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Meet the Third-Generation Farmers Growing Jasmine Rice in Missouri’s Bootheel

  • 7 min to read
Meet the Third-Generation Farmers Growing Jasmine Rice in Missouri’s Bootheel

Mike Martin knows when it’s time to flood. He and his brothers, Tim and David, carefully monitor their 7,000 acres of farmland in southeast Missouri for signs of disease, weeds, insects, fungus and other agricultural perils. As third-generation farmers, they take their craft seriously; they test the soil every year and constantly walk the watery fields looking for anything that might harm their crop.

Agriculture runs on razor-thin margins, and one bad harvest can be detrimental to the entire operation, which, after half a century, counts more than 35 employees. Trucks, each bearing 44,000 pounds of rice, leave the farm daily – their contents bound for places as close as Springfield, Missouri, and as far away as Cuba and Taiwan.

Owners of Martin Rice Co. in Bernie, Missouri, the Martin brothers plant, harvest, mill and package jasmine, medium-grain and long-grain rice. “Rice is very common,” says Martin. “It’s not expensive. For what you get, rice is probably one of the most economical foods you can buy. But it’s hard to appreciate where it comes from or how it gets to your plate without learning how the process works. Most people don’t think about how elaborate [that] is: how hard it is to process and distribute [rice]. But it’s the world’s staple. Over half the population relies on rice as its main food [source]. So it’s something that at one level is taken for granted, but at another level, it’s demanded every day.”

The Martin family first settled in Bernie during the Great Depression. Martin’s grandfather moved his family from Arkansas in search of a better life, and the fertile land south of Cape Girardeau, Missouri, was a perfect place to farm. He didn’t know how he would pay for it, but he bought 160 acres and planted cotton, corn, soybeans, wheat and sorghum.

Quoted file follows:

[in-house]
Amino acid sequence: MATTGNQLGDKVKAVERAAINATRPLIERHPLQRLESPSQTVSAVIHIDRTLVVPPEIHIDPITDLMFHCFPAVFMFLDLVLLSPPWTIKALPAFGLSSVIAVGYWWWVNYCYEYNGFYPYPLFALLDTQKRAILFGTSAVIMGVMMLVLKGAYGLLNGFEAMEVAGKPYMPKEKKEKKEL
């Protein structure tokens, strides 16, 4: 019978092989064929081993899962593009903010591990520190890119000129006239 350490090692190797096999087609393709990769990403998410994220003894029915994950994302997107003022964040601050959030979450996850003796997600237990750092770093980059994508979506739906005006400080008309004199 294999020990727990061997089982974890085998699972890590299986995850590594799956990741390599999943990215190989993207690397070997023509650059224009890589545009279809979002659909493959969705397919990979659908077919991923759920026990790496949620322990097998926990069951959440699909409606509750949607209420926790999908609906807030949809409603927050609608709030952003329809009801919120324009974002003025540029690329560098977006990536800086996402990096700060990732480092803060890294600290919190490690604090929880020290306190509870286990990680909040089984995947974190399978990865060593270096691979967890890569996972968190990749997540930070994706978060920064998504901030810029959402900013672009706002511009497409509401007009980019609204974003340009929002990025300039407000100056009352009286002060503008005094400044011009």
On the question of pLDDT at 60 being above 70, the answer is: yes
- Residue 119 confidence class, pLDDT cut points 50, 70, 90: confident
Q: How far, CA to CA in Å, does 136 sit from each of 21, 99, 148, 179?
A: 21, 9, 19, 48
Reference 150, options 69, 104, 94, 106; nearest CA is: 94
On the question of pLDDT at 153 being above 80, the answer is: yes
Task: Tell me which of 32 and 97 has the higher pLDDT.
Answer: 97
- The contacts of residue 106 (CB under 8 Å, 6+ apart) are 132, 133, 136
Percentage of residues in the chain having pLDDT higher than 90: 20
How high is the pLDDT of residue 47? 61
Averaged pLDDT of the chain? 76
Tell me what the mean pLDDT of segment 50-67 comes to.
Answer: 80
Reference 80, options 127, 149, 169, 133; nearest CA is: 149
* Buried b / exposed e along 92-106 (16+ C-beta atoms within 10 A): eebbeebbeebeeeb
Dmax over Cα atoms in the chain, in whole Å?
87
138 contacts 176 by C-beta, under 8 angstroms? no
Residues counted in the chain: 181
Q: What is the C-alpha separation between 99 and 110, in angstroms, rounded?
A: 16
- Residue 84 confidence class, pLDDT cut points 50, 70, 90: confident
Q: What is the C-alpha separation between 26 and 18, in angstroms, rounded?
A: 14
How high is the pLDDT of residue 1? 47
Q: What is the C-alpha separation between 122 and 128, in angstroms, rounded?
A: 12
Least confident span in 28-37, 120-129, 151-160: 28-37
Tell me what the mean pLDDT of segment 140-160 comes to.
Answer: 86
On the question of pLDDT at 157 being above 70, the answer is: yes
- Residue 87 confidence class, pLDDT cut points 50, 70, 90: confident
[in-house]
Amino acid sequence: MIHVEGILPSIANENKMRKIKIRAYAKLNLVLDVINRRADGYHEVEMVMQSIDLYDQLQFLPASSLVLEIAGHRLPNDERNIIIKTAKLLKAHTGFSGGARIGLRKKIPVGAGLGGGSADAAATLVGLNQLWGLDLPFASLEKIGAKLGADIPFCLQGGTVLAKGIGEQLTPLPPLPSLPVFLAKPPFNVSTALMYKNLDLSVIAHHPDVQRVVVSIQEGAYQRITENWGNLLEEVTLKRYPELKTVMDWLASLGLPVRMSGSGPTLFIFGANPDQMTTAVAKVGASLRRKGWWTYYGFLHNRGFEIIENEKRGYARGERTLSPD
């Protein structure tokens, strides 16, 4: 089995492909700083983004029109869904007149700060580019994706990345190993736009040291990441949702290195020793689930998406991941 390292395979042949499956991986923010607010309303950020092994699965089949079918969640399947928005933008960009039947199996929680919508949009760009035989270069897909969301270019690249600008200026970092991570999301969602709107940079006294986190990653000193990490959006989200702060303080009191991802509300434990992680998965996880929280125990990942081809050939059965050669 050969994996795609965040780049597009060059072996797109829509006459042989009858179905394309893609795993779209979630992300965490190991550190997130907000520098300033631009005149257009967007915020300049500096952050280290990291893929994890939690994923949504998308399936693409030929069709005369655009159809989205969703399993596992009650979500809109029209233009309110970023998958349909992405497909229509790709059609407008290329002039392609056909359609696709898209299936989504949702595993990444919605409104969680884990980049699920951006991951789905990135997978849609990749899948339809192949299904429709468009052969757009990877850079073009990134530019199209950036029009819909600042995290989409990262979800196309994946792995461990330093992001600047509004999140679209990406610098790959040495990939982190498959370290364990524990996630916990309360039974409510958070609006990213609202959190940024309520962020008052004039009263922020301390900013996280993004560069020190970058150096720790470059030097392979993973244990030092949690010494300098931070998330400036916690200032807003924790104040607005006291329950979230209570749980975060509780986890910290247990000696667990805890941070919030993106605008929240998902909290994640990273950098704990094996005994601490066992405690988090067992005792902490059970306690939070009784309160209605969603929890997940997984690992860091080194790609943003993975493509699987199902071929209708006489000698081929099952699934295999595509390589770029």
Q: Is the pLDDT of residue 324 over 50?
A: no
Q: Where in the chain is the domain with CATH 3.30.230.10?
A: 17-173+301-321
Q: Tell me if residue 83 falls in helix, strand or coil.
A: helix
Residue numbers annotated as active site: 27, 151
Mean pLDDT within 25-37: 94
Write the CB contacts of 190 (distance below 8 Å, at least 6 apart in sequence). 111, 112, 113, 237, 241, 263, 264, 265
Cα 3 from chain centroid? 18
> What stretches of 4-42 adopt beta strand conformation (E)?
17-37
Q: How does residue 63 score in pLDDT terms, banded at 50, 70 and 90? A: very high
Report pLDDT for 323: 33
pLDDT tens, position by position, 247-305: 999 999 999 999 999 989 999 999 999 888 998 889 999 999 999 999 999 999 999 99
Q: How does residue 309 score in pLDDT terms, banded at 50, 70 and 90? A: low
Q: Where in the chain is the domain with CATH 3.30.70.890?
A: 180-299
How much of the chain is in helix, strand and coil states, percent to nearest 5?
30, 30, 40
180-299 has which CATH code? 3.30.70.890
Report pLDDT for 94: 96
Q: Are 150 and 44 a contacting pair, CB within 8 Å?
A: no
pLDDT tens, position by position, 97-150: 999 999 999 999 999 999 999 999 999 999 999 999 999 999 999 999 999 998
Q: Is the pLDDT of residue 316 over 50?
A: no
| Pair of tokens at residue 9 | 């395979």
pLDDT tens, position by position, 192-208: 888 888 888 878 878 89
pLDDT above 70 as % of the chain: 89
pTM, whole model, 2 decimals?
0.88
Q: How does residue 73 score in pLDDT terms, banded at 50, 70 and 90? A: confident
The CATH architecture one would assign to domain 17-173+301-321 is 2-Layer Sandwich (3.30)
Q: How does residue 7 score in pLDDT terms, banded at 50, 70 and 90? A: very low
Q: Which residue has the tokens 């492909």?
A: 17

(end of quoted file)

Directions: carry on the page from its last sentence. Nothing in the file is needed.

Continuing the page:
Martin Rice Co. farmer illustration

The area where the family farm is located was swampland for centuries until it was drained in the early 1900s and became famous for its Cyprus and oak trees. Timber companies scrambled to clear the land – building railroad tracks expressly for shipping the high-quality wood farther afield – but once all the trees were gone, the timber companies either sold their land or turned into cotton producers.

Because it was once a Mississippi River delta, the land is especially productive. This is aided even further by irrigation: An aquifer holds clean, pure water that can be reached through wells and used to water crops when needed. “It’s [like] a big garden down here where we’re at, just because of the weather that we have, the fertility of the soil and the water availability,” says Martin. “The water almost seems to replenish itself from one year to the next.”